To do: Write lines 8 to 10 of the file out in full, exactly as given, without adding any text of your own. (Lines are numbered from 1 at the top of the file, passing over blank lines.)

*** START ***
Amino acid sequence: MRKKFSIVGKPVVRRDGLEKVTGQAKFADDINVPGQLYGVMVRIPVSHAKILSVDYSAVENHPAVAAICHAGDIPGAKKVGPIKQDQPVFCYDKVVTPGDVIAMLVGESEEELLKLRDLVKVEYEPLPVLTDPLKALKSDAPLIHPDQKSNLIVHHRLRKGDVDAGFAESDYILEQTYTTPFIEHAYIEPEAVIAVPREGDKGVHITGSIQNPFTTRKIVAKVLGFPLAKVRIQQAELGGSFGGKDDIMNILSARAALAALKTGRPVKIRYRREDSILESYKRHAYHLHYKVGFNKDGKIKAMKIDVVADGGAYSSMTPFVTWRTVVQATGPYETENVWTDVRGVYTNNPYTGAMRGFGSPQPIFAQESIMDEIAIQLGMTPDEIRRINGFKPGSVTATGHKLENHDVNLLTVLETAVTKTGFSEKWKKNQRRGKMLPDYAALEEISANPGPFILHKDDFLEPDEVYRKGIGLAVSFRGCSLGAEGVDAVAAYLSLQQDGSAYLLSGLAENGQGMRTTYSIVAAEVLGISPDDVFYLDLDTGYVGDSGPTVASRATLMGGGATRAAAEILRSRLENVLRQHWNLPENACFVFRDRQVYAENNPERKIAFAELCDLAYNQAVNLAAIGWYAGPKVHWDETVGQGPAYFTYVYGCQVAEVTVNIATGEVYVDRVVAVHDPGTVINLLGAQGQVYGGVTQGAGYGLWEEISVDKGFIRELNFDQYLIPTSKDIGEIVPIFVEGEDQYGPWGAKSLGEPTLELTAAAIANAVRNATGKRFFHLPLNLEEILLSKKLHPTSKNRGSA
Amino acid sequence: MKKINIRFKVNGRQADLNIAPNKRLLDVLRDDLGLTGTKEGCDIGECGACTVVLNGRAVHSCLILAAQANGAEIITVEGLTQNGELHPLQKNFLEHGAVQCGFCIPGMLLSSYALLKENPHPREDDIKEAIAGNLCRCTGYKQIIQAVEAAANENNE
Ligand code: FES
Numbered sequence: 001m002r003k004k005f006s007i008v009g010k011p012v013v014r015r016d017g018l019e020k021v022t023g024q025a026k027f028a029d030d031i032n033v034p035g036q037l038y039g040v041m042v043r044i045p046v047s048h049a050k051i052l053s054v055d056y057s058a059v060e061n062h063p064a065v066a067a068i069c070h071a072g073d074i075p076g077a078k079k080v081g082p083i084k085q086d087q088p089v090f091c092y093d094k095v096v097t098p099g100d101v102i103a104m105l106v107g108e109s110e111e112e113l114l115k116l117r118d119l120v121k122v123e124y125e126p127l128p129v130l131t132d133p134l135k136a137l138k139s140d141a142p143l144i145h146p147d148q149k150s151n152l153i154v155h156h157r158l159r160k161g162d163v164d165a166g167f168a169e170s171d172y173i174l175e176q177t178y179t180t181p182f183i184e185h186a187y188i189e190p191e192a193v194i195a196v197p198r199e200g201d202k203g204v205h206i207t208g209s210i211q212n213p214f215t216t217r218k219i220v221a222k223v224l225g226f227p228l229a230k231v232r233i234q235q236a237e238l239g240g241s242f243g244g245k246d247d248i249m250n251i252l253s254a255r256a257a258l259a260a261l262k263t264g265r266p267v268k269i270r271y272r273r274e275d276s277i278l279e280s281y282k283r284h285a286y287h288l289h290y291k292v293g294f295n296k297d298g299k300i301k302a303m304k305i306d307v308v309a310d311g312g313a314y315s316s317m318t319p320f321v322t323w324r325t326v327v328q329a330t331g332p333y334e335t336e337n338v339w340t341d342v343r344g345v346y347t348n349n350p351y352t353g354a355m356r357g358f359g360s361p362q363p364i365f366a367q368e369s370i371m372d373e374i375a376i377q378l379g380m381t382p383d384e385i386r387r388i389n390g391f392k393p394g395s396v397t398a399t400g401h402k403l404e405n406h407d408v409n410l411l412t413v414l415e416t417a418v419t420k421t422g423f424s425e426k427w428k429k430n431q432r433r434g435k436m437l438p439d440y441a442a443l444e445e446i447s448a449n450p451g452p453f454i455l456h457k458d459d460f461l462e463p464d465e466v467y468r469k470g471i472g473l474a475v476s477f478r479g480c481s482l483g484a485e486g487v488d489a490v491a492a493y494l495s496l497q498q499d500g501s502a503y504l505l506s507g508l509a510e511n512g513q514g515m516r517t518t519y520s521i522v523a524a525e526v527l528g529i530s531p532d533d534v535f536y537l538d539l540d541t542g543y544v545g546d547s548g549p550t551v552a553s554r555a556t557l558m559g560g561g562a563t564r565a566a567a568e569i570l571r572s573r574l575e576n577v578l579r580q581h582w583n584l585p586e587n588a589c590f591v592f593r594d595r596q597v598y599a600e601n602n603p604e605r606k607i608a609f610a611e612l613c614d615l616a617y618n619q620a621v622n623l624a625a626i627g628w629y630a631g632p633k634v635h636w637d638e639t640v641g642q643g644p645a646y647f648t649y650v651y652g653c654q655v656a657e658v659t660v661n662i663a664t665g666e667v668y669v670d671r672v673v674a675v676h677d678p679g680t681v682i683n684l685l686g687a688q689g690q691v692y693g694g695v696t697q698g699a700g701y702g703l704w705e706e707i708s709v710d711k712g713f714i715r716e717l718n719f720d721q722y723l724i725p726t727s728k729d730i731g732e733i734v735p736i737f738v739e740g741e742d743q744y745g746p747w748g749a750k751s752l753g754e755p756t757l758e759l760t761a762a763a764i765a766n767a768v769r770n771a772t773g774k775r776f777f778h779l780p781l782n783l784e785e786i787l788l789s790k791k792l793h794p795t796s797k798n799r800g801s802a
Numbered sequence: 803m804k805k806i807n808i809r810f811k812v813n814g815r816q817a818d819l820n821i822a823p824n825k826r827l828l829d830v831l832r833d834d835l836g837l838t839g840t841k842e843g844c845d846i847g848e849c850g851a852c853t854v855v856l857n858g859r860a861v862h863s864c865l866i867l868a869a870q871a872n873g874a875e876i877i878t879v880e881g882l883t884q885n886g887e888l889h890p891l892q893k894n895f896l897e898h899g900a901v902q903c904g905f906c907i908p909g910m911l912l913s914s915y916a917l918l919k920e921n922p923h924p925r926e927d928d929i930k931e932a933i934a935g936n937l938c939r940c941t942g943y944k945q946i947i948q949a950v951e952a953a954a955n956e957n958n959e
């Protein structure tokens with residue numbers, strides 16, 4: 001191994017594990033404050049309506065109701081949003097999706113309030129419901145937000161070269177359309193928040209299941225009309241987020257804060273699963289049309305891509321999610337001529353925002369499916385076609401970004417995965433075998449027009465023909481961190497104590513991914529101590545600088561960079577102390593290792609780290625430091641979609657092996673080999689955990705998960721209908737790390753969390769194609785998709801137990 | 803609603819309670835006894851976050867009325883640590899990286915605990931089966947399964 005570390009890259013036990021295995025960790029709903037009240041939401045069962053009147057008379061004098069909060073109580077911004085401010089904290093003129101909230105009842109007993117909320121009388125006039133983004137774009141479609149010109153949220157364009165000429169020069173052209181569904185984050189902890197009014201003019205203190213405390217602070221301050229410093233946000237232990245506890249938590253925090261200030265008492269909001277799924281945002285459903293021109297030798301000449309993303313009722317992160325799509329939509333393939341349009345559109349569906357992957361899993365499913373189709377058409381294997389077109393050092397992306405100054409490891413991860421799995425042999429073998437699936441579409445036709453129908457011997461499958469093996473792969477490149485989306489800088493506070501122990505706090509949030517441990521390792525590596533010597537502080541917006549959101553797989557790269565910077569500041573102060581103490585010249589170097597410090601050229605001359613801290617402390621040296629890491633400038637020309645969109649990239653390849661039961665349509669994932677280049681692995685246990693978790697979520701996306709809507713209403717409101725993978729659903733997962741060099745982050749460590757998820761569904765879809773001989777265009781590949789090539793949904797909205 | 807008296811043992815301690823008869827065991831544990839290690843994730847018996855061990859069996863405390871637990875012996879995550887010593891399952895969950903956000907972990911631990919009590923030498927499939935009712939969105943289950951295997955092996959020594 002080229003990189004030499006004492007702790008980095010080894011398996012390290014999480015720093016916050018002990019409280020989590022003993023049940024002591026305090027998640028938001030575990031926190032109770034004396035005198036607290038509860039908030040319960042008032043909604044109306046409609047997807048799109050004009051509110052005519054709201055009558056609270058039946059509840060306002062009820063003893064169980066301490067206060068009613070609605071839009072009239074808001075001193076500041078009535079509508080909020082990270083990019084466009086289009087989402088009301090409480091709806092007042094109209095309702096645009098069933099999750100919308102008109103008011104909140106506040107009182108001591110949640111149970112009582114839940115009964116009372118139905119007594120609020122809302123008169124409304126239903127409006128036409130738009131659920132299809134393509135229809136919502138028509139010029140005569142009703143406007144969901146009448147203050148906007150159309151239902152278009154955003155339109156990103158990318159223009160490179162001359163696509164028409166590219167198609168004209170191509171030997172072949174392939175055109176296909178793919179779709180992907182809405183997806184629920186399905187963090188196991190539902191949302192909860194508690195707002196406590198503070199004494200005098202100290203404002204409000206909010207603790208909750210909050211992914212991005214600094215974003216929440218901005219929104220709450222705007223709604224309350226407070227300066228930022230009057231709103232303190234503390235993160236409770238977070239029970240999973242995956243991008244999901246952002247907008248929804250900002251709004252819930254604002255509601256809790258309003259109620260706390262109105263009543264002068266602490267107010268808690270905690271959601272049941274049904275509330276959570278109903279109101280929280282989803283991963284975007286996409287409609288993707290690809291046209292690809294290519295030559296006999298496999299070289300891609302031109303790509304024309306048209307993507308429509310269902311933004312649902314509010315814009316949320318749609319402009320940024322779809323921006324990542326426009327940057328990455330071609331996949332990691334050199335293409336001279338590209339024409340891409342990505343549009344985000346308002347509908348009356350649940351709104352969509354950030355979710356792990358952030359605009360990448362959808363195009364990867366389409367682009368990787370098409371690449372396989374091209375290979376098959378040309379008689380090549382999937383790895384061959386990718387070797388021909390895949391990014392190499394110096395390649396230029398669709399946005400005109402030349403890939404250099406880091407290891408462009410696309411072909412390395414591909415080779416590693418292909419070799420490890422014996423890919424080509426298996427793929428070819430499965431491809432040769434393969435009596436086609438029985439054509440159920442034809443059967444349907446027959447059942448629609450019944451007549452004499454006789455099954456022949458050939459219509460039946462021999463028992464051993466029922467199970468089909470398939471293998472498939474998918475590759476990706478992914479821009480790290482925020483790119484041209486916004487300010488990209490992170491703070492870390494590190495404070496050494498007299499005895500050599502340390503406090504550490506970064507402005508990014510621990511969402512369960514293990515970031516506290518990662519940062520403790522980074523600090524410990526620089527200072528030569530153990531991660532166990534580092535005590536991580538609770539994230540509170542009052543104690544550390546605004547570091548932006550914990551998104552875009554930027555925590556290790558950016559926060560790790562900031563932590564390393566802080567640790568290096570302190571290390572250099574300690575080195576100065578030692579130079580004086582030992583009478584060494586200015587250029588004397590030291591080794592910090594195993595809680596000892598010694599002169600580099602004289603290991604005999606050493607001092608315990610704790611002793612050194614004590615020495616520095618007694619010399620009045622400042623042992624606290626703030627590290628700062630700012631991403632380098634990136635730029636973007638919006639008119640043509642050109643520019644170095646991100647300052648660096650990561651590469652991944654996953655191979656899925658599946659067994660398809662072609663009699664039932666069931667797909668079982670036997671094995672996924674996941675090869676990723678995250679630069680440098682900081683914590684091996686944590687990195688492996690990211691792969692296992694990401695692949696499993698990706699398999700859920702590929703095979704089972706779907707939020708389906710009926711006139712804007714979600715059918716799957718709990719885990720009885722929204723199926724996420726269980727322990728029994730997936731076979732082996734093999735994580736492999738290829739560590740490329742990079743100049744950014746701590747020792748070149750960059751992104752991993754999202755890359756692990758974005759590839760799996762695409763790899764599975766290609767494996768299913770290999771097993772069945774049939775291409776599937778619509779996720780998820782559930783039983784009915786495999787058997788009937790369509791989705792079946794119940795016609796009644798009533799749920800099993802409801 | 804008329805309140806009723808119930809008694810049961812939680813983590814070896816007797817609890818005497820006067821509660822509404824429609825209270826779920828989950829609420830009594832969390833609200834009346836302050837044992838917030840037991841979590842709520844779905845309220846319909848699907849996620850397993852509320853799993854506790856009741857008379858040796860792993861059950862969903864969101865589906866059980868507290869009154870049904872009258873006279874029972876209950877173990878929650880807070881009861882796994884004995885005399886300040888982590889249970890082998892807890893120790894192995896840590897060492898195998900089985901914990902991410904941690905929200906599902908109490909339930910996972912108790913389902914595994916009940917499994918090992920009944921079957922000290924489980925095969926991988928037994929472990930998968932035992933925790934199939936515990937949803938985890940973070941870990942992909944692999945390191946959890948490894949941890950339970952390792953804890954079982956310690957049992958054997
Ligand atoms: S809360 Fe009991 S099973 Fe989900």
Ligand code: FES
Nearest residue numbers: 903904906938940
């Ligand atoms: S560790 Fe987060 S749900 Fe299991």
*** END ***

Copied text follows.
Ligand code: FES
Nearest residue numbers: 903904906938940
């Ligand atoms: S560790 Fe987060 S749900 Fe299991």